This is in part because it takes around 300 days to process an applicant to become an agent. According to a review of hiring practices by the Government Accountability Office, it took about 318 to hire a CBP officer, 274 days to hire a Border Patrol agent, and 262 days to hire an agent with Air and Marine Operations.

This shortage has especially strained the Office of Field Operations, which manages the U.S. ports of entry, and in recent months has pulled officers from U.S. airports and redeployed them to the southern border.

Last year, the OIG reported that DHS may not have the resourced needed to hire thousands of new agents, and even if it had them, the agency may not know how to best deploy them.

“Neither CBP nor ICE could provide complete data to support the operational need or deployment strategies for the additional 15,000 agents and officers they were directed to hire," the OIG said in a report published in August 2017.

CBP would need to review as many as 750,000 applicants to find the 5,000 new agents it needs, and U.S. Immigration and Customs Enforcement would need to review more than 500,000 applicants to hire its target of 10,000 officers.

Moreover, during the first year, as Accenture struggled to meet its promised goals, and a promise to create an "innovative" system to track new applicants fell flat, CBP agreed to modify the existing contract and ended up taking on a "significant portion" of the hiring process, said Kelly.

Under the original agreement, CBP agreed to pay around $40,000 per hire during the first year, with 80 percent due when a job offer was accepted, and the remaining 20 percent due once the applicant went on duty.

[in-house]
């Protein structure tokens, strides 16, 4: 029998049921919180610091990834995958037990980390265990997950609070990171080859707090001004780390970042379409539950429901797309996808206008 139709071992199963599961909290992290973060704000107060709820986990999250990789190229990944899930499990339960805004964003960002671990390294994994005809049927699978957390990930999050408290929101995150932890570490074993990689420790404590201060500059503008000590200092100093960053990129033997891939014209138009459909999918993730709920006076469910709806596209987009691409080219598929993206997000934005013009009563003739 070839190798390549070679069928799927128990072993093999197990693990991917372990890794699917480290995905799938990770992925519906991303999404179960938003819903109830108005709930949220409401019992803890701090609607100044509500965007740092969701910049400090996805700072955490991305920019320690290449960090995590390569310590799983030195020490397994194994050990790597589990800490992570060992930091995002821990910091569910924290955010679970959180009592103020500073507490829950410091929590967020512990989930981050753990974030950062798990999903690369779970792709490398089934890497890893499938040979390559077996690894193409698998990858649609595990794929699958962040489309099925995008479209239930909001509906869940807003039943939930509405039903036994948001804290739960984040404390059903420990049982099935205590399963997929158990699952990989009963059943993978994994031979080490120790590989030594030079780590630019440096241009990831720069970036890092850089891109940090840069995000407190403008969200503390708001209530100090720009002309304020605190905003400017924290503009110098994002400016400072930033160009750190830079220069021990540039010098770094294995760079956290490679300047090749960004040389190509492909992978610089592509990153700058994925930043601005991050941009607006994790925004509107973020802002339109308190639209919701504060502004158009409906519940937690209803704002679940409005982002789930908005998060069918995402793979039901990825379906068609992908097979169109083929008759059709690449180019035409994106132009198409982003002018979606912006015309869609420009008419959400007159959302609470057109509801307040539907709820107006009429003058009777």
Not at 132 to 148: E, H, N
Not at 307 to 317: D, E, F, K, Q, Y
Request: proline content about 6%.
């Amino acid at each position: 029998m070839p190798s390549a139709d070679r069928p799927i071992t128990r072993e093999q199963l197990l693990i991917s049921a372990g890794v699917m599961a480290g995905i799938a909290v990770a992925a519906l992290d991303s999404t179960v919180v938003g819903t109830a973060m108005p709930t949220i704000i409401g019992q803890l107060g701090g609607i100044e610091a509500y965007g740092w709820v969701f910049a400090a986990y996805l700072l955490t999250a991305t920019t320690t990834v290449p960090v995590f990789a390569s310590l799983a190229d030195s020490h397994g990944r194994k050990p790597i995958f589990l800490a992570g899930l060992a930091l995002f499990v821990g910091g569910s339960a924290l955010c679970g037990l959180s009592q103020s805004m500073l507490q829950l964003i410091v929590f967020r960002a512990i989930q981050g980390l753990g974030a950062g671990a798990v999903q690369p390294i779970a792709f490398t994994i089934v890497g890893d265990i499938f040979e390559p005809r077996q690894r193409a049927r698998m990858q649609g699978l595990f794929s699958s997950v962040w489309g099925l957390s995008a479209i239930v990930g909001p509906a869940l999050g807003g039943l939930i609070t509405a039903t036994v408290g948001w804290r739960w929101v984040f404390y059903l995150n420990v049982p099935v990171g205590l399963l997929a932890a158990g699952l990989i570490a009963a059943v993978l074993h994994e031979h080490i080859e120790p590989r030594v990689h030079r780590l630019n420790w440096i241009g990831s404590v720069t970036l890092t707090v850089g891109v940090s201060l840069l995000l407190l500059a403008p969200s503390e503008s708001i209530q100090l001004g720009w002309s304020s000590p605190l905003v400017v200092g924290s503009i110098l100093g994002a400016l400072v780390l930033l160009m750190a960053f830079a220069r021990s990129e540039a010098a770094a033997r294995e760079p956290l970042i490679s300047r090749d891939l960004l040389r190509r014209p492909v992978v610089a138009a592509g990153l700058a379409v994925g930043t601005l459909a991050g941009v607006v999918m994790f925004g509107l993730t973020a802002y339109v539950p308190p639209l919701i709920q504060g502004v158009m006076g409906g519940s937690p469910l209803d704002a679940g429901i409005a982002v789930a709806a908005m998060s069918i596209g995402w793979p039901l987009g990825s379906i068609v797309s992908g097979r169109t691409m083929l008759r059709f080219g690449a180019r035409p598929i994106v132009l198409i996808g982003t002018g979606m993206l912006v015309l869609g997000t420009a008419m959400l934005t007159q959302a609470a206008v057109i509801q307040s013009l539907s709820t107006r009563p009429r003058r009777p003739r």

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However, Accenture lost track of which applicants it had recruited, and CBP agreed to give credit and temporarily pay the company for "a percentage of all applicants regardless of whether CBP or Accenture processed the applicants."

As of October 1, CBP had processed 14 applicants on behalf of Accenture, and of those, 7 had entered duty, Kelly wrote, "which translated to payment of approximately $500,000 to Accenture for work CBP had completed."

In a letter to the OIG, CBP officials said that they had paid $13.6 million to Accenture, and that the company has "created a hiring structure, tailored technology solutions to support and manage the hiring process, stood up an applicant care center, marketed and recruited thousands of new applicants, and conducted many of the hiring steps for several thousand applicants.

In a statement, a CBP spokeswoman said that by November 15, the agency had hired 15 agents under through Accenture, along with an additional 33 accepted job offers for agents.

"This does not account for all CBP agent and officer hires, but those hired specifically through Accenture," she said.

The agency typically lose between three to five-and-half percent of its agents on frontline positions, but for the first time since the fiscal year of 2013, Border Patrol's hiring is outpacing attrition, and the agency is "also experiencing an even greater net gain" for officers at the nation's ports, she said. "The significant investments made by CBP in strengthening our hiring processes are taking hold and producing results."

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A Border Patrol agent watches a group of men during a raid in Nogales, Arizona.